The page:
Why Don't We Comes Back With A Bang


Why Don’t We is ready for the next chapter… one that they are writing themselves.

The pop group – made up of Jonah Marais, 22, Zach Herron, 19, and 21-year-olds Jack Avery, Corbyn Besson and Daniel Seavey – has ended its nine-month hiatus to release the thunderous new single “Fallin’.”

The song is the first taste of WDW’s forthcoming sophomore album, which they wrote and produced. (They're not ready to share a release date.)

Why did WDW need to go away? Between November 2016 and October 2018, they released six EPs and an album, 8 Letters. They seemed to always be on tour somewhere in the world, always doing interviews and appearances, always engaging with fans on social media.

“Our fans were really the ones that made us aware that we should probably take a break,” said Seavey. “There was a hashtag trending on Twitter one day, while we were still on tour, that said ‘Why Don’t We needs a break’ and it was kind of directed to our management to ask them to let us off of the road.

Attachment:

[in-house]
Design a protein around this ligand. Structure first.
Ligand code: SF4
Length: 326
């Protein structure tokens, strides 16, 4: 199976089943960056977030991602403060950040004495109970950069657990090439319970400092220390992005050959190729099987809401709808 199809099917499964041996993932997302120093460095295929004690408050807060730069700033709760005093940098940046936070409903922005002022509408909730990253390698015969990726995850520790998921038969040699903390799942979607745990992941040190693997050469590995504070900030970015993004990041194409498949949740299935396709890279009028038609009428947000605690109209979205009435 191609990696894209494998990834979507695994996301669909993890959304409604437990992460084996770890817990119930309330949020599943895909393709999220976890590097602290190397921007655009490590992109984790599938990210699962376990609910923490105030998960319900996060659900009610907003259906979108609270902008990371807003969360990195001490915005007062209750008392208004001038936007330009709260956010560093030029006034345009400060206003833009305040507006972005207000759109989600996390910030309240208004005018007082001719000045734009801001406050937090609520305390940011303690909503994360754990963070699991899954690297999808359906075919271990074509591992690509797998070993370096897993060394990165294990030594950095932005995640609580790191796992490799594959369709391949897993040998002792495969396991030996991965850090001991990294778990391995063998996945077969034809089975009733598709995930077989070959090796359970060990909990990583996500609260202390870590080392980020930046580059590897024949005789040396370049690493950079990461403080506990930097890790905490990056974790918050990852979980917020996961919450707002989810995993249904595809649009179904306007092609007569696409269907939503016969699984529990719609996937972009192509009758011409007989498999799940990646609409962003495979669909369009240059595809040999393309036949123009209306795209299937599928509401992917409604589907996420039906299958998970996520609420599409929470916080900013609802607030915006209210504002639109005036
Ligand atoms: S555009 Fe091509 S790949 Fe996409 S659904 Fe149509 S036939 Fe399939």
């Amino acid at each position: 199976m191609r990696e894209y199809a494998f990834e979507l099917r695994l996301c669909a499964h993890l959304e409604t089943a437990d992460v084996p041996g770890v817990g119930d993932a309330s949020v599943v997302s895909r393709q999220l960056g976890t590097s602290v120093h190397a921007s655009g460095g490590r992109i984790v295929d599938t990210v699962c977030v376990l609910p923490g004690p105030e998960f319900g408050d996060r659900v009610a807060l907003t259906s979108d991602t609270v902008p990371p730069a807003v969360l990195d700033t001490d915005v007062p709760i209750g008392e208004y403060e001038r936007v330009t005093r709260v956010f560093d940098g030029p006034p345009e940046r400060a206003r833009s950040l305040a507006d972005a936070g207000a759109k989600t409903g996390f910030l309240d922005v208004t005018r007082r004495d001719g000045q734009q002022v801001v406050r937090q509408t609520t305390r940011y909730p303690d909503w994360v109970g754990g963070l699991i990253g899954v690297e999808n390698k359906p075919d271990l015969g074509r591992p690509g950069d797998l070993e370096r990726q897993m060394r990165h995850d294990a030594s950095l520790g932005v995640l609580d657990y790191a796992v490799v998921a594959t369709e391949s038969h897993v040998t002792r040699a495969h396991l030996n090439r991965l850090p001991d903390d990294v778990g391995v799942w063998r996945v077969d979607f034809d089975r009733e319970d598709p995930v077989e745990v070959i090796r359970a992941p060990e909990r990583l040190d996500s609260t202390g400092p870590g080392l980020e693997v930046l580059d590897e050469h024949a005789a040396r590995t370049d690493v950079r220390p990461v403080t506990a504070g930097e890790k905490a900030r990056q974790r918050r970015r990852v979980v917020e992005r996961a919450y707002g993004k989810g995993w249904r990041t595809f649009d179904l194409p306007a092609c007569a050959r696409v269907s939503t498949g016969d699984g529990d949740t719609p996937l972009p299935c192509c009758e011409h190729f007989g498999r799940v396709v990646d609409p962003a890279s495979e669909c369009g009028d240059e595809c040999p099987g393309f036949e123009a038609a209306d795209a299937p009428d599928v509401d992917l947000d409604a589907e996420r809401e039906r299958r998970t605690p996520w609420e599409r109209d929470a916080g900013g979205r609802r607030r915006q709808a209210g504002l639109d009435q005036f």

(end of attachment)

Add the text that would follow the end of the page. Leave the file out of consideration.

“We were kind of in this headspace of like, we need to stay on the road – until we saw that and we were like, damn, maybe we do need a second.”


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On the eve of the release of “Fallin’,” four of the five members of the group sat down to chat via Zoom about how their hiatus inspired the next chapter in the story of Why Don't We. (Watch highlights below.)

You guys just disappeared, but it looks like you’ve been up to a lot of creative stuff and not just chilling out. How have you spent the last few months?

Daniel Seavey: We have been up to many things. We’ve been working on an album. Honestly, it was pretty nuts because we were planning on taking a three-, maybe four-month break and then this whole COVID thing happened and really set us back. But in a weird way it was a blessing for us because some of the best music on this album came out of COVID and that extra time we were given. Everything happens for a reason and we’re back and definitely better than ever.

It looks like you guys are more involved, more hands-on with this one. Is it fair to say this is something you’ve taken more ownership of?